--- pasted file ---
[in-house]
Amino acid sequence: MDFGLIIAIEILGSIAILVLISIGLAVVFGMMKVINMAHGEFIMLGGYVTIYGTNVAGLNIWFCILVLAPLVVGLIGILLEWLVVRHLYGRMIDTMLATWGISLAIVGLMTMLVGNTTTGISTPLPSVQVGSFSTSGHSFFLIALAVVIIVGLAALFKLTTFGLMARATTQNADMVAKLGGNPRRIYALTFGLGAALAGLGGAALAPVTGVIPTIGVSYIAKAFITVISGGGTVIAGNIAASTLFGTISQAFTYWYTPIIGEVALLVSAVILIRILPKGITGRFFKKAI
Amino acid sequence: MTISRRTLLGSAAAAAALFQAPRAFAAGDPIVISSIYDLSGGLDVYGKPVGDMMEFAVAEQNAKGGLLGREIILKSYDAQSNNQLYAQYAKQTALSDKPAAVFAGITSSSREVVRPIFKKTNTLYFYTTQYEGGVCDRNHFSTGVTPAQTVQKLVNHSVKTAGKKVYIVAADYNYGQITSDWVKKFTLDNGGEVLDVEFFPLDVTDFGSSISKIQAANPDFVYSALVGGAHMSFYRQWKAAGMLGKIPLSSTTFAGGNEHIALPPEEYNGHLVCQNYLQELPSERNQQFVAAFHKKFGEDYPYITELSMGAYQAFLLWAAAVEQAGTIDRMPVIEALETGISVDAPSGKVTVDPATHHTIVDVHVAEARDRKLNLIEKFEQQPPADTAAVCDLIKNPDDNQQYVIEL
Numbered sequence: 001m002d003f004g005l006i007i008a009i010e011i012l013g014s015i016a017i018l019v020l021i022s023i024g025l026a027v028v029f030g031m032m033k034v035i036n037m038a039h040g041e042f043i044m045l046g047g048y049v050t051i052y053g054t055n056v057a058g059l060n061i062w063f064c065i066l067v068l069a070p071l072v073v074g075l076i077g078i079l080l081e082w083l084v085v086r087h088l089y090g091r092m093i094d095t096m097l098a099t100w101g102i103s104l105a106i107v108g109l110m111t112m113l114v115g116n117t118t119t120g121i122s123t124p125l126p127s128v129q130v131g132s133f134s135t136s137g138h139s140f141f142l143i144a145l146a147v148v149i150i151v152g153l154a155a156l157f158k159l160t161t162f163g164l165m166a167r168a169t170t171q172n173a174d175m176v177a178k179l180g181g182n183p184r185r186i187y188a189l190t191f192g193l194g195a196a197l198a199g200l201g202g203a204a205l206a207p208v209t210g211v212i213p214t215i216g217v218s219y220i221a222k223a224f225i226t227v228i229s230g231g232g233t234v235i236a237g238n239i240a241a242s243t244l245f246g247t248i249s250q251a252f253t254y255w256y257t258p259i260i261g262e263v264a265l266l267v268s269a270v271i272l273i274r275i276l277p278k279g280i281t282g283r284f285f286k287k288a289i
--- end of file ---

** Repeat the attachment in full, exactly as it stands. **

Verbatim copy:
[in-house]
Amino acid sequence: MDFGLIIAIEILGSIAILVLISIGLAVVFGMMKVINMAHGEFIMLGGYVTIYGTNVAGLNIWFCILVLAPLVVGLIGILLEWLVVRHLYGRMIDTMLATWGISLAIVGLMTMLVGNTTTGISTPLPSVQVGSFSTSGHSFFLIALAVVIIVGLAALFKLTTFGLMARATTQNADMVAKLGGNPRRIYALTFGLGAALAGLGGAALAPVTGVIPTIGVSYIAKAFITVISGGGTVIAGNIAASTLFGTISQAFTYWYTPIIGEVALLVSAVILIRILPKGITGRFFKKAI
Amino acid sequence: MTISRRTLLGSAAAAAALFQAPRAFAAGDPIVISSIYDLSGGLDVYGKPVGDMMEFAVAEQNAKGGLLGREIILKSYDAQSNNQLYAQYAKQTALSDKPAAVFAGITSSSREVVRPIFKKTNTLYFYTTQYEGGVCDRNHFSTGVTPAQTVQKLVNHSVKTAGKKVYIVAADYNYGQITSDWVKKFTLDNGGEVLDVEFFPLDVTDFGSSISKIQAANPDFVYSALVGGAHMSFYRQWKAAGMLGKIPLSSTTFAGGNEHIALPPEEYNGHLVCQNYLQELPSERNQQFVAAFHKKFGEDYPYITELSMGAYQAFLLWAAAVEQAGTIDRMPVIEALETGISVDAPSGKVTVDPATHHTIVDVHVAEARDRKLNLIEKFEQQPPADTAAVCDLIKNPDDNQQYVIEL
Numbered sequence: 001m002d003f004g005l006i007i008a009i010e011i012l013g014s015i016a017i018l019v020l021i022s023i024g025l026a027v028v029f030g031m032m033k034v035i036n037m038a039h040g041e042f043i044m045l046g047g048y049v050t051i052y053g054t055n056v057a058g059l060n061i062w063f064c065i066l067v068l069a070p071l072v073v074g075l076i077g078i079l080l081e082w083l084v085v086r087h088l089y090g091r092m093i094d095t096m097l098a099t100w101g102i103s104l105a106i107v108g109l110m111t112m113l114v115g116n117t118t119t120g121i122s123t124p125l126p127s128v129q130v131g132s133f134s135t136s137g138h139s140f141f142l143i144a145l146a147v148v149i150i151v152g153l154a155a156l157f158k159l160t161t162f163g164l165m166a167r168a169t170t171q172n173a174d175m176v177a178k179l180g181g182n183p184r185r186i187y188a189l190t191f192g193l194g195a196a197l198a199g200l201g202g203a204a205l206a207p208v209t210g211v212i213p214t215i216g217v218s219y220i221a222k223a224f225i226t227v228i229s230g231g232g233t234v235i236a237g238n239i240a241a242s243t244l245f246g247t248i249s250q251a252f253t254y255w256y257t258p259i260i261g262e263v264a265l266l267v268s269a270v271i272l273i274r275i276l277p278k279g280i281t282g283r284f285f286k287k288a289i